Sydney's 20-tonne cloud keeps Harry Potter flying

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Sydney's 20-tonne cloud keeps Harry Potter flying
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Outsourcing animation

Gillard has extensive experience in building render farms for the movie industry; his last big project was building a new facility to process animation and special effects for Happy Feet and Mad Max. Gillard kept thinking of the financial burden that building a high-performance computing environment placed on a film studio and what an alternative might look like.

"I was looking at moving to a model where our computing IT requirements become more like a utility company where you could bolt on additional capacity during peak demand rather than have it as a sunk cost.

"The rule of thumb for motion picture production on an animated feature, your negative cost is about $100 million. $30 million goes to cap. ex., $30 million to op. ex., $30 million in people and 10 percent tends to be margin," Gillard said.

Movie-making facilities were discussing collaborative approaches to pool resources and spread usage between films "to save them from having to capitalise and build out infrastructure in their own data centre, with their own network, with their own dime", Gillard said.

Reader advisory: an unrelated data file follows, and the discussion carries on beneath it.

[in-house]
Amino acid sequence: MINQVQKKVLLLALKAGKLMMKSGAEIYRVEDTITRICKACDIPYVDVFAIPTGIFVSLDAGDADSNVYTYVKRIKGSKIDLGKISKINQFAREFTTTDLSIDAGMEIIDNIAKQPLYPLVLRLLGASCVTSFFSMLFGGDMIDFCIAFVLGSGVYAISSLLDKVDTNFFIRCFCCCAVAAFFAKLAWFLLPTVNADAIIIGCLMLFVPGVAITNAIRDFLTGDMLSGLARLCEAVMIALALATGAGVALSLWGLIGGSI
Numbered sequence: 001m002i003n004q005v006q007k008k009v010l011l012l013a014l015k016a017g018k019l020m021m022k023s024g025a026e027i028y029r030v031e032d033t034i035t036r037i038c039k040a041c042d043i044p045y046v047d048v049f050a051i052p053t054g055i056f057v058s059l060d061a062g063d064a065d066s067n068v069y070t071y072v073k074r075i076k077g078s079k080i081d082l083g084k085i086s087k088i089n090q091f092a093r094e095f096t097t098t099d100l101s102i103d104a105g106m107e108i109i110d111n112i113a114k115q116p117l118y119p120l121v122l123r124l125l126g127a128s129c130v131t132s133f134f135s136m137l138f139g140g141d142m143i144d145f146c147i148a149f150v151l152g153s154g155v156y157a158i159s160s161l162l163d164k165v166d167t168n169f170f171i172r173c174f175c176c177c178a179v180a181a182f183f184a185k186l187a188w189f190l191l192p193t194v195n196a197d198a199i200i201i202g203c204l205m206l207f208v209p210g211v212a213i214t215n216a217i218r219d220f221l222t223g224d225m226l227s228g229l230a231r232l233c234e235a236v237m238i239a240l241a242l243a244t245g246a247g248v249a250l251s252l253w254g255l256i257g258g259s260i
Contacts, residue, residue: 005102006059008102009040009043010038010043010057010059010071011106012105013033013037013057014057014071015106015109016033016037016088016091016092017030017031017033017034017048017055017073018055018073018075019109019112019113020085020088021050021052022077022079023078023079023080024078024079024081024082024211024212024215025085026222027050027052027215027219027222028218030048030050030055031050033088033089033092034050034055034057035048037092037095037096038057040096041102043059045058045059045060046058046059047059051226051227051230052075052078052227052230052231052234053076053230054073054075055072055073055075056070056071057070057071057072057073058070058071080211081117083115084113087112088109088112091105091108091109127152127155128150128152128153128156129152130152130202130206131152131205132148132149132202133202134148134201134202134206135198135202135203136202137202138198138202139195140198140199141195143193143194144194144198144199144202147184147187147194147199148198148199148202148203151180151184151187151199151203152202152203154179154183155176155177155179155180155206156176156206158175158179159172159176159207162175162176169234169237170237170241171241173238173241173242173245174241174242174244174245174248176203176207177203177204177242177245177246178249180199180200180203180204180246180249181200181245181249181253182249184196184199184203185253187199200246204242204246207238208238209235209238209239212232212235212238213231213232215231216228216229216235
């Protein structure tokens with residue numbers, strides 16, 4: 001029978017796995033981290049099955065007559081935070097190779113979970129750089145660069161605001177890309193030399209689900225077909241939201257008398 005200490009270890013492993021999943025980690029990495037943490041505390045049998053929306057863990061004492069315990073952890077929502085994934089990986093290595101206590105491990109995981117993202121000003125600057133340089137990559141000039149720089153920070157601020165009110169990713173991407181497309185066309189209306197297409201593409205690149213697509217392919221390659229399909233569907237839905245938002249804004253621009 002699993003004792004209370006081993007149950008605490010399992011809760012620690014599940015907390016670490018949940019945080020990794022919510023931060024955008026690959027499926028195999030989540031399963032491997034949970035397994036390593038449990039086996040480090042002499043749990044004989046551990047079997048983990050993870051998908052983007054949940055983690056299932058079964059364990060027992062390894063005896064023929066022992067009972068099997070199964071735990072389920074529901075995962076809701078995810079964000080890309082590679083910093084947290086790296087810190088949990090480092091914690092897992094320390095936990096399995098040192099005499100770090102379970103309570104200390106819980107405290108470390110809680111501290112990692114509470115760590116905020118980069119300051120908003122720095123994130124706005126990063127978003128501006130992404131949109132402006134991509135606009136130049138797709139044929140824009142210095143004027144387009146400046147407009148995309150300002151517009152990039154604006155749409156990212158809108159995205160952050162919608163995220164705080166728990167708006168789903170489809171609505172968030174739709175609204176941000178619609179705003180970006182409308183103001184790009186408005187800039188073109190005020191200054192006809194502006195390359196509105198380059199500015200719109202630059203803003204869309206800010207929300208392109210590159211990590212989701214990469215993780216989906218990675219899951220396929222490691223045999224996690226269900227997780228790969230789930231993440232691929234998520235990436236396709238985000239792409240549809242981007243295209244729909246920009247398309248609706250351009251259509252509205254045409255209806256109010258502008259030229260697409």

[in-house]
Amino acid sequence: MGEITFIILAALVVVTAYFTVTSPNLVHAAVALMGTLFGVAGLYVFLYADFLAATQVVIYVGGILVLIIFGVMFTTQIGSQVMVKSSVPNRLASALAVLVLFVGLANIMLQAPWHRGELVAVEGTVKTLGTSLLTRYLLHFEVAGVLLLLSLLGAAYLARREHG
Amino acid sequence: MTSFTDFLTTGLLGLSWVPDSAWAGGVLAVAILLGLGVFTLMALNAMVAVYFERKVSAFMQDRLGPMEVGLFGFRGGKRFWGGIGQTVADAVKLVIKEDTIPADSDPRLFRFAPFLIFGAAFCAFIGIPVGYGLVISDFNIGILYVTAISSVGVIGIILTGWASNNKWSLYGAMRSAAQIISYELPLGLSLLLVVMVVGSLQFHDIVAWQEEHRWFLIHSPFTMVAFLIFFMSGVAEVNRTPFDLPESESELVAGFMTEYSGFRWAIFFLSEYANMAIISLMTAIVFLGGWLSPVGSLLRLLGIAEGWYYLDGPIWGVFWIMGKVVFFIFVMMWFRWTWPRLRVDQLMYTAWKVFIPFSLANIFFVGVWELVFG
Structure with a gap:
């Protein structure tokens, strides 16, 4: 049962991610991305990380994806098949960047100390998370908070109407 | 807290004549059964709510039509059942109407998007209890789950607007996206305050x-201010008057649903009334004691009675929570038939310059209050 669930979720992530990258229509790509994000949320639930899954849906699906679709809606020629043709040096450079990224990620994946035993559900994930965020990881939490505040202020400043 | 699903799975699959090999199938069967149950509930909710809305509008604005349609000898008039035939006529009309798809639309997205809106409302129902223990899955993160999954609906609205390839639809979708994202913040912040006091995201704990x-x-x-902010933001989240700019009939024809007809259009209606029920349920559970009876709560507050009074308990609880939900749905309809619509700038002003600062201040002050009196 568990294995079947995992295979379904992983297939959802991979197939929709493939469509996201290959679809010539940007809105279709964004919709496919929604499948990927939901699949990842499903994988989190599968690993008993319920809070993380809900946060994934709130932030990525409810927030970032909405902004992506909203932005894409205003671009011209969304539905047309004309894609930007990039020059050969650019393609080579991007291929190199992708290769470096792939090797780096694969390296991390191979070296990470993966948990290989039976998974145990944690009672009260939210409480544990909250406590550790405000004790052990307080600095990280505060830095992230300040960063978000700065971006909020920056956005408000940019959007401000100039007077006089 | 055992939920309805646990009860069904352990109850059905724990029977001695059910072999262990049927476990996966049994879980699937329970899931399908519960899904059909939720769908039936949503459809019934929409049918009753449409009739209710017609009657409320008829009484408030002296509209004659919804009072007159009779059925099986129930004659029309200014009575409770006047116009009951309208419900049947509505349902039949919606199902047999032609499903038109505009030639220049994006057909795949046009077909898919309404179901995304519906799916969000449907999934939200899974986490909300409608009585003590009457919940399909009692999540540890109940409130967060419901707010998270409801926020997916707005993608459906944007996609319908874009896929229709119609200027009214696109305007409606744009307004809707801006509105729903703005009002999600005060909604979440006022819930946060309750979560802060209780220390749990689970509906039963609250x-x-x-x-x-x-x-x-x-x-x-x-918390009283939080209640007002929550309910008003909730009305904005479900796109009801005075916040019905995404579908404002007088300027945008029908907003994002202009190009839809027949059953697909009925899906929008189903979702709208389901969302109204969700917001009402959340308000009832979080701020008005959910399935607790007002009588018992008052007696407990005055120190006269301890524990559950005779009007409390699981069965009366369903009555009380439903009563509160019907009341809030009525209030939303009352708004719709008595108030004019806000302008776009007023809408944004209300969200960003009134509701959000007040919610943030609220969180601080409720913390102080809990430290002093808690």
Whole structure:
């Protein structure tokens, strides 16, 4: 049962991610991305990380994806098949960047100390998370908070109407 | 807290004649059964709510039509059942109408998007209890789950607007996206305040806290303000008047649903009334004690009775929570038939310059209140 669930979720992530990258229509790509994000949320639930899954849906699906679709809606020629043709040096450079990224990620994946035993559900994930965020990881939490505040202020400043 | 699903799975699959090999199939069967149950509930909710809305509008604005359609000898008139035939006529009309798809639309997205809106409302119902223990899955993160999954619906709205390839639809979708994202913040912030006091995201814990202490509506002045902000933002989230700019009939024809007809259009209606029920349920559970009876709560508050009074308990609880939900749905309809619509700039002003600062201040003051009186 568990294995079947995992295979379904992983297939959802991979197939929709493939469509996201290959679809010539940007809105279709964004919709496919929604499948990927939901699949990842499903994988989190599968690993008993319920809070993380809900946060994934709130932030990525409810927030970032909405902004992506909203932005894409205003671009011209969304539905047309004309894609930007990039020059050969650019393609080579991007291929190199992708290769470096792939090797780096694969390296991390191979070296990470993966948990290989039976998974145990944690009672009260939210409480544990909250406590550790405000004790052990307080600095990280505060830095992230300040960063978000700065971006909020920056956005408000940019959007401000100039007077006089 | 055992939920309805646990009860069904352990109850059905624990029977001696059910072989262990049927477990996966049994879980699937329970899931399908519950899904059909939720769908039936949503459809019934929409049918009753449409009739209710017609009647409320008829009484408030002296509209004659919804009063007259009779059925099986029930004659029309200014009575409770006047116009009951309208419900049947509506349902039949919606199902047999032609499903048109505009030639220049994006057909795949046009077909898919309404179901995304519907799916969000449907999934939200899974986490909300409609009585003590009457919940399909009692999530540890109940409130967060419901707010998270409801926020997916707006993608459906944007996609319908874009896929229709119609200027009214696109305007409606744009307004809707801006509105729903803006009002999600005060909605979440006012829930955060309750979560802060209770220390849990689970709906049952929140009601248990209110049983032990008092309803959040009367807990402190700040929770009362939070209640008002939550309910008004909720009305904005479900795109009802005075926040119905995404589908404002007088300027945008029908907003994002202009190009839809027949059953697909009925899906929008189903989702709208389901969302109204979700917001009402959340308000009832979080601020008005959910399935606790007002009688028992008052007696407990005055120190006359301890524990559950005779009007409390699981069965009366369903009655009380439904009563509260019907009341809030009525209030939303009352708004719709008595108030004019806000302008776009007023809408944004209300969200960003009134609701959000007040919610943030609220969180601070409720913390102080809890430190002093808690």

Gillard teamed up with Frontline to build Steam Engine and used his connections to find customers in the entertainment industry.

Steam Engine charged a single by-the-node price that included power, cooling, data transmission and the physical kit itself. Discounts kicked in based on the number of nodes and the length of the rental period.

"We can provide a real savings to an operation over even a short-term, mid or long-term of about 30 percent of what the market can provide that for. When you don't need it you just turn it off. There's no penalty for saying I'll have 100 nodes this month and none next month," Gillard said.

The initial plan has changed from providing bare-metal computing requirements to a managed service. Customers want queue management, asset management and a managed platform as a service.

Steam Engine has been approached by studios in Vancouver and India to build an HPC cluster which they could rent. 

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